|Publication number||US5446267 A|
|Application number||US 08/191,241|
|Publication date||Aug 29, 1995|
|Filing date||Feb 3, 1994|
|Priority date||Oct 9, 1990|
|Also published as||DE69124052D1, DE69124052T2, EP0480348A1, EP0480348B1, USRE37017|
|Publication number||08191241, 191241, US 5446267 A, US 5446267A, US-A-5446267, US5446267 A, US5446267A|
|Inventors||Giuseppe Stanzani, Claudio Mazzone|
|Original Assignee||Datalogic S.P.A.|
|Export Citation||BiBTeX, EndNote, RefMan|
|Patent Citations (6), Referenced by (9), Classifications (11), Legal Events (2)|
|External Links: USPTO, USPTO Assignment, Espacenet|
This application is a file wrapper continuation of application Ser. No. 07/772,712 filed Oct. 7, 1991 now abandoned.
The present invention relates to a bar code reader which uses a laser beam.
The use of a laser beam generated by a solid-state diode or by a NeHe gas tube to read bar codes is known.
In order to read the bar code, the laser beam is first focused by means of an appropriate optical system and then deflected by means of a polygonal rotor fitted with mirrors, which is rotated rapidly so as to perform a periodic scanning of the region in which the bar code is located.
In applications of this type, the image of the laser source in the focusing point must remain within very precise limits which are in practice set by the thickness of the bars of the code. The reading of the code would in fact be erroneous if the wavefront of the beam had such a diameter as to cover more than two bars.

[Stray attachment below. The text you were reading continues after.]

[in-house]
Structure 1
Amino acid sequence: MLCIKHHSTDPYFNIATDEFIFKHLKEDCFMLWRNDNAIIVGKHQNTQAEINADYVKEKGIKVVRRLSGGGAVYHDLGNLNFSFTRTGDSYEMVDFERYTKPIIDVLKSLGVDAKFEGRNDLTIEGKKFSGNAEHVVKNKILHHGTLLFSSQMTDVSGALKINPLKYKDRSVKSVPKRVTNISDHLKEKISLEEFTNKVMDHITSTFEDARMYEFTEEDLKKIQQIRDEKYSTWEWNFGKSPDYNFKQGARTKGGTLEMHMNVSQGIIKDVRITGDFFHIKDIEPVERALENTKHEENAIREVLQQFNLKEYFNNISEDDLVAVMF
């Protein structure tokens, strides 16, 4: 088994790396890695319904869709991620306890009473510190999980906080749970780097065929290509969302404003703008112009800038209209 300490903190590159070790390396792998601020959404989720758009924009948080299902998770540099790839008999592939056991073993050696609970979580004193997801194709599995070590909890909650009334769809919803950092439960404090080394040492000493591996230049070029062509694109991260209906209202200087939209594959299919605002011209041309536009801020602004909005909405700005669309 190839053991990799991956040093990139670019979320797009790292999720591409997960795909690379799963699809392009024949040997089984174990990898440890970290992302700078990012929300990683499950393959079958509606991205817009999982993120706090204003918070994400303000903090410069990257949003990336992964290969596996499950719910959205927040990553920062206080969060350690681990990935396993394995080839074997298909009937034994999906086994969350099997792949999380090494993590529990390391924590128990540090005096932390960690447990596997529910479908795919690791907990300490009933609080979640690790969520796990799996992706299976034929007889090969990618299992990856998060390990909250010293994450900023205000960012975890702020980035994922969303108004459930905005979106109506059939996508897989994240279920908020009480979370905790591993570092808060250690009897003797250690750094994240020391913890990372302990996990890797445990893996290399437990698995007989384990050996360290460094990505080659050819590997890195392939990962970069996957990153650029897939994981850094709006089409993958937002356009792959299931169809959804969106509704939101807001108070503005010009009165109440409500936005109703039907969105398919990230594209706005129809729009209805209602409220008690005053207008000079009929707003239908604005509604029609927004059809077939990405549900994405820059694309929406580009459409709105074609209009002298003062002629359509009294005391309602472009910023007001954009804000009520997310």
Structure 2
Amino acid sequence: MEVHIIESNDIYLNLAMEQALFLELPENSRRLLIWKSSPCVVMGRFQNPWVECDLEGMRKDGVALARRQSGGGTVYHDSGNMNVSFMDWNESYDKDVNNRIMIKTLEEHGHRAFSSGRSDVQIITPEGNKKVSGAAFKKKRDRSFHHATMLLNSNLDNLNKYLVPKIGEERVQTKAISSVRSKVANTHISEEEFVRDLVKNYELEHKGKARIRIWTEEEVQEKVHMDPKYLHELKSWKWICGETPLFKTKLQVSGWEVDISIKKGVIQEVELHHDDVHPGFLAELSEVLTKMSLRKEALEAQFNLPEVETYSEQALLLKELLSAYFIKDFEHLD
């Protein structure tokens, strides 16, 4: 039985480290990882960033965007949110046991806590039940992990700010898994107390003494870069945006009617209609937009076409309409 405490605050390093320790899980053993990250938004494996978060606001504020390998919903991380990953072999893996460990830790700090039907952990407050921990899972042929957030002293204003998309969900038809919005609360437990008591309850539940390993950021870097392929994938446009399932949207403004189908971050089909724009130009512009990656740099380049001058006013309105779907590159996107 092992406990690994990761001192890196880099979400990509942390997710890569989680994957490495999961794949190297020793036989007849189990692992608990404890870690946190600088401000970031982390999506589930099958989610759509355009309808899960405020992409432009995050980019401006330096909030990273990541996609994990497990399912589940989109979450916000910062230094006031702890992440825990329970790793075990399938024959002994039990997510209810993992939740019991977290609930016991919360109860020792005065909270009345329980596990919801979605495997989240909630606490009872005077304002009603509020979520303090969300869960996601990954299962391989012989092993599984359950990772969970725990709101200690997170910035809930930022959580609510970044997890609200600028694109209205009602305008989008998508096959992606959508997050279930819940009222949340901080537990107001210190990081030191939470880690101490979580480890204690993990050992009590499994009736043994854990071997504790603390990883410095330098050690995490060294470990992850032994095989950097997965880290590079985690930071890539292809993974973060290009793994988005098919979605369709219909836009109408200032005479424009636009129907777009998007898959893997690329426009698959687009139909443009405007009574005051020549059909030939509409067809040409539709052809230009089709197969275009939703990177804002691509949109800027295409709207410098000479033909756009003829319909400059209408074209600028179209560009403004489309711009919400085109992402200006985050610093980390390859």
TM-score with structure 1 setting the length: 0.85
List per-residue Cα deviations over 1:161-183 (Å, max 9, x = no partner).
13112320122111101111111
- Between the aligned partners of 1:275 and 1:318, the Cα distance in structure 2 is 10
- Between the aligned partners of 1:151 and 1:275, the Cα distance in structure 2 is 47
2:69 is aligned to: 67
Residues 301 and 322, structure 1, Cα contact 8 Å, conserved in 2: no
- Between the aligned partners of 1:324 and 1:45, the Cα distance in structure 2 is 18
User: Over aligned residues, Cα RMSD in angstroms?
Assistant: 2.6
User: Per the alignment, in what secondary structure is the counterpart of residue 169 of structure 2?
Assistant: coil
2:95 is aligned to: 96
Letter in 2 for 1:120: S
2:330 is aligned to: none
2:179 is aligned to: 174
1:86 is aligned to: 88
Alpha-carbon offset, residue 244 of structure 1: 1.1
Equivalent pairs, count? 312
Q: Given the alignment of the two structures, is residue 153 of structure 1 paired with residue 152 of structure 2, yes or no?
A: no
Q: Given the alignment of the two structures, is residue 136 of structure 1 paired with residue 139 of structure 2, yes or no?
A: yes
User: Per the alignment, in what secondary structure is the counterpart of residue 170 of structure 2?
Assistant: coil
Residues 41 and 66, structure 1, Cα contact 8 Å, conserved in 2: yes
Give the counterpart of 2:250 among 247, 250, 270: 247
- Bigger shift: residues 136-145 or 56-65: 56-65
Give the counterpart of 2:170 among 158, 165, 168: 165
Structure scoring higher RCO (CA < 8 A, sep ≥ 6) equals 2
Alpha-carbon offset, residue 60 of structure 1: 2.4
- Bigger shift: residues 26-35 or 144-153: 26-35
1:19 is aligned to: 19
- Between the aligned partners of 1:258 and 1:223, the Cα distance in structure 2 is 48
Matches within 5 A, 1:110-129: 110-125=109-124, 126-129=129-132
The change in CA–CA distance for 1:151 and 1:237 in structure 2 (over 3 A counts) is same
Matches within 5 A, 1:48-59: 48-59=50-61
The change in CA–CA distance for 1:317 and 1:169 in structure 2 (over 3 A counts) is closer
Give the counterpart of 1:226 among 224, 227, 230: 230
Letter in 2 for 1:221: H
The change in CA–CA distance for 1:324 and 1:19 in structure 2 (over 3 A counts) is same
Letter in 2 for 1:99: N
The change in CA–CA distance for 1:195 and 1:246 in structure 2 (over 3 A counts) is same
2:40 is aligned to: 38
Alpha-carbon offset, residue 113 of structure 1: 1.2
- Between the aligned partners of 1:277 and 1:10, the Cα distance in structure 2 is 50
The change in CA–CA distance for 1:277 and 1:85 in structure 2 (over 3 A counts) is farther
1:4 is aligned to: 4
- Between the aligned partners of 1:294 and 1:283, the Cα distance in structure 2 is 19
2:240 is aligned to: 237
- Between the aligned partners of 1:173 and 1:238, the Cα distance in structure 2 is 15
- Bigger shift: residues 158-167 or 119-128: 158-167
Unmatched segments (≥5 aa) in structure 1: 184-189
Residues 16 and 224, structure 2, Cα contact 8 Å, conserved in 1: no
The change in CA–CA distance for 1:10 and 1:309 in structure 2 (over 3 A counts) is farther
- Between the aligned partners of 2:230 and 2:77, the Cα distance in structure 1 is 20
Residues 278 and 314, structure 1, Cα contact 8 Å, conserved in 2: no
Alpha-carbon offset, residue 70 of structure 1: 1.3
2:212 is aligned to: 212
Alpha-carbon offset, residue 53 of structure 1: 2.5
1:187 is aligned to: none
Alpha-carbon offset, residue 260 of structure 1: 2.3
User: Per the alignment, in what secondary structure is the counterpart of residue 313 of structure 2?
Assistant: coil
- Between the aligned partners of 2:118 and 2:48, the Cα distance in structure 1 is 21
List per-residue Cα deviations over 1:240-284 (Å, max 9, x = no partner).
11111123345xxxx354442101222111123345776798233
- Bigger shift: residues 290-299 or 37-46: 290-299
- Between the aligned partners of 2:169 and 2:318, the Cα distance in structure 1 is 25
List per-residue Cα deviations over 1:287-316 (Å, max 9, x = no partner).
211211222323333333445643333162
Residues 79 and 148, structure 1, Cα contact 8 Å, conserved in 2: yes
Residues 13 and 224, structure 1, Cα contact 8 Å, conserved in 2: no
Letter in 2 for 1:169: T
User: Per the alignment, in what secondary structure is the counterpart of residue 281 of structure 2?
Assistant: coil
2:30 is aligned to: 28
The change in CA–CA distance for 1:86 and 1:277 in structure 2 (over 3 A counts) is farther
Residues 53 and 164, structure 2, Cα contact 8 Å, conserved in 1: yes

Moreover, if the source of the laser beam is a solid-state diode, the emitted light beam has a spherical divergent wavefront.
In order to keep the diameter of the light beam within the limits which allow to decode the bar code, the use of an optical system arranged in front of the laser source, which focuses the light beam at a preset distance from the concentration lens, is known. By way of example, FIG. 1 schematically illustrates the method of operation of such a known focusing system.
In FIG. 1, the reference numeral 1 indicates the laser source and the numeral 2 indicates the lens which concentrates the light beam in a point P which has a distance d from the lens. Once the point P has been passed, the light beam diverges again, so that its diameter remains within the limits required for practical use only in a rather narrow region 2s around the focusing point P.
Outside the region 2s thus defined, the diameter of the laser beam is greater than the thickness of the bars of the code, and accordingly the light signal received by the reader does not allow a correct reconstruction of the alternation of the light and dark bars of the code.